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UK fund managers push for regulatory approval for tokenization of funds: report

Asset managers in the United Kingdom are lobbying for the tokenization of mutual funds to be given regulatory approval in the country. The Investment Association, the trade body representing asset managers in the U.K., has called for the Financial Conduct Authority (FCA) to speed up the approval of blockchain-traded fund regulations. 

The Financial Times reports that the trade body, whose members oversee more than £10 trillion (over $11.9 trillion) in assets for clients worldwide, believes that blockchain technology can be used to bring greater efficiency, cost savings, and transparency to mutual funds. 

With blockchain technology, traditional shares or fund units will be replaced with the issuance of digital tokens to investors. According to the Investment Association, this will remove the presently laborious processes involved in buying and selling mutual funds. 

The Investment Association has also proposed the creation of a task force that will explore other possible uses of blockchain technology. These include using DLT (Digital Ledger Technology) create new products and services and allowing investors to customize their portfolios with holdings in private companies and digital assets.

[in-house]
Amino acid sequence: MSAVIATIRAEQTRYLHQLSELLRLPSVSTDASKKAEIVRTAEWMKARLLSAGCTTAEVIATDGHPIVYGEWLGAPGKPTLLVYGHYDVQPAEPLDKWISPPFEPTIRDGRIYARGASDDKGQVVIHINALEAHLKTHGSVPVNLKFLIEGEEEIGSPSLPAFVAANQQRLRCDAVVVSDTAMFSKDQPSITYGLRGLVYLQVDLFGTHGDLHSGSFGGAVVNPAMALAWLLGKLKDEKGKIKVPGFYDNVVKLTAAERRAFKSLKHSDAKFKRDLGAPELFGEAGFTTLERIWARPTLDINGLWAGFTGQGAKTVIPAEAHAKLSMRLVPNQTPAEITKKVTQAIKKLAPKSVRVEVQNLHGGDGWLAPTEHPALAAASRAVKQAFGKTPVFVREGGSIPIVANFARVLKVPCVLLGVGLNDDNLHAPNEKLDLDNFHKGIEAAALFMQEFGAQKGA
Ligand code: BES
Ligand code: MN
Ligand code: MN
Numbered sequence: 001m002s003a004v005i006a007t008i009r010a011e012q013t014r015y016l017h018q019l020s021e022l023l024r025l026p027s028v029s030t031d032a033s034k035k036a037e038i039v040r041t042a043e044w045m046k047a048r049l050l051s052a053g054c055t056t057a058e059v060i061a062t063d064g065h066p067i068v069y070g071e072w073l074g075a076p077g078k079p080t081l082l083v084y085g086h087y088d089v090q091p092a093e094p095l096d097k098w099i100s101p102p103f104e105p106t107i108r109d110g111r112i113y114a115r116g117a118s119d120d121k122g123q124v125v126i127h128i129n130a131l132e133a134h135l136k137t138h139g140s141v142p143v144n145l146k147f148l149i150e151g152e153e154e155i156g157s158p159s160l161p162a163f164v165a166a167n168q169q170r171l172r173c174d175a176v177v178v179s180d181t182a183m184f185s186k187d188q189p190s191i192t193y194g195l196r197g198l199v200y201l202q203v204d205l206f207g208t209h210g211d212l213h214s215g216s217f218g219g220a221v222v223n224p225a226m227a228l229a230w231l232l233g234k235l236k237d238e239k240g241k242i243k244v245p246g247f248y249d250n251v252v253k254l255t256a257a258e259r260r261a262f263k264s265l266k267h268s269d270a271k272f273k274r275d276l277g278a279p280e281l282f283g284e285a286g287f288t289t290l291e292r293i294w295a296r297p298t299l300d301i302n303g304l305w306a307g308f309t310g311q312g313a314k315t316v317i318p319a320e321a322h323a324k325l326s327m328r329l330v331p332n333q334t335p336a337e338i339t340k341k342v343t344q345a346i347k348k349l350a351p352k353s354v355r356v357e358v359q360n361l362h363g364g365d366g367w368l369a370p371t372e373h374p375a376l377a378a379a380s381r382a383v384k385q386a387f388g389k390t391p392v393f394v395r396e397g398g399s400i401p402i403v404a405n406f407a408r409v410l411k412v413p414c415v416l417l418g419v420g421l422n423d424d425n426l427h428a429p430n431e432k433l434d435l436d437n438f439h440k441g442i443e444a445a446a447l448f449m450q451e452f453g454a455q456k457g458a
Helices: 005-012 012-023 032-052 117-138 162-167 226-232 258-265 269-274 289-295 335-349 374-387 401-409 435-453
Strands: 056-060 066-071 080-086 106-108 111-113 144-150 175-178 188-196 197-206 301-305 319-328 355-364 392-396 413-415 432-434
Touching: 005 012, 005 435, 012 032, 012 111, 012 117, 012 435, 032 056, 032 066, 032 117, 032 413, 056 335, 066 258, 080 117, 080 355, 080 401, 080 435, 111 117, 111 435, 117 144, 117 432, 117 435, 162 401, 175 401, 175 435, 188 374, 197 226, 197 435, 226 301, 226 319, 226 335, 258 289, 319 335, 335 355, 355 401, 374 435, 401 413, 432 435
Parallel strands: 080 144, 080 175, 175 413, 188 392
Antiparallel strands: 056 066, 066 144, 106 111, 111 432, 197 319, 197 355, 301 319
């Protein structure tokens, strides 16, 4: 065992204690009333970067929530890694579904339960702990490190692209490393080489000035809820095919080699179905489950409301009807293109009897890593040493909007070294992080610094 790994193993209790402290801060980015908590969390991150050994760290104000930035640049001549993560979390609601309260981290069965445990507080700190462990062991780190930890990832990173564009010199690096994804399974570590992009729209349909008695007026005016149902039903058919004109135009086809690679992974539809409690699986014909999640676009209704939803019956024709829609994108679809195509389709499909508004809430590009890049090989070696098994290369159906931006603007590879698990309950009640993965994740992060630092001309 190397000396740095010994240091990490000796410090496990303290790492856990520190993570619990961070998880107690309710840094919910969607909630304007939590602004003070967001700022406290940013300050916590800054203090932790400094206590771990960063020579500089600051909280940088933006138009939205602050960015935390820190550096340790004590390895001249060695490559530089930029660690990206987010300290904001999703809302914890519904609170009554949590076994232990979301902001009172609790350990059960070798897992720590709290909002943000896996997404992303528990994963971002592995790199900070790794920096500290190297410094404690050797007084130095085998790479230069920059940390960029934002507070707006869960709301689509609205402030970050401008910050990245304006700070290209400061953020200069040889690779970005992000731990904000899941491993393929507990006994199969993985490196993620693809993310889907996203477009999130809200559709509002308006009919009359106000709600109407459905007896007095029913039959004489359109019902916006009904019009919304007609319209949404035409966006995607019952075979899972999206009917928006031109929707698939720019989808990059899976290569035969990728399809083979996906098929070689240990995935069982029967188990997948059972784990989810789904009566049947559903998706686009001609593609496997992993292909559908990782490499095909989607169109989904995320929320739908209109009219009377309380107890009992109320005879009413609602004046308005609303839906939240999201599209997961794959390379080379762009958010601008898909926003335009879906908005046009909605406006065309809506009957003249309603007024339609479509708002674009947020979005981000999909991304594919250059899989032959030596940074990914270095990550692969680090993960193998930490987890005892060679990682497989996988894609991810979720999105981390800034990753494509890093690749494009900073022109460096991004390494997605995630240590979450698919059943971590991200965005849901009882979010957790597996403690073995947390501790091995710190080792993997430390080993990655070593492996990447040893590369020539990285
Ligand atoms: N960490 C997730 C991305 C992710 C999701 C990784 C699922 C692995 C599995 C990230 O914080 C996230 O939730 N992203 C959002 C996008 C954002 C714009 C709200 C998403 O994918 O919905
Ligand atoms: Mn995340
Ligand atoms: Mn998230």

Additionally, the lobby effort is asking that mutual funds be allowed to hold digital assets in their portfolios. Chris Cummings, the chief executive of the Investment Association, said the regulations are needed to drive innovation and make the country’s fund industry globally competitive. 

“Greater innovation will boost the overall competitiveness of the UK funds industry and improve the cost, efficiency, and quality of the investment experience,” Cummings said.

The London Stock Exchange and four global asset managers are already working with FundAdminChain—a financial technology group—to develop live tokenized funds for the U.K. market. 

The FCA could roll out regulations for blockchain-traded funds towards the end of the second quarter of 2023 if the FCA speeds up the approval process, according to the report.

Tokenization regulations already in other jurisdictions 

Several other countries are already ahead in the race to regulate the tokenization of traditional assets. One such country is Germany which has established regulations for both banking and non-banking firms that want to offer tokenized securities or Security Token Offerings (STO) as it is termed in the regulations. 

Meanwhile, the SEC approved the U.S.’s first blockchain-traded mutual fund from Franklin Templeton in December 2021 after the company convinced it that the fund does not have exposure to digital assets. 

In the Central African Republic (CAR), the second country to adopt digital currency as legal tender, plans are underway to introduce tokenization of the country’s natural resources. This will open up the shores of the country to investors, the government believes. 

The U.K. has stated plans to become more hospitable to digital assets as it hopes to become a global hub for the industry. The U.K. intends to do this by establishing regulations for all aspects of the industry. 

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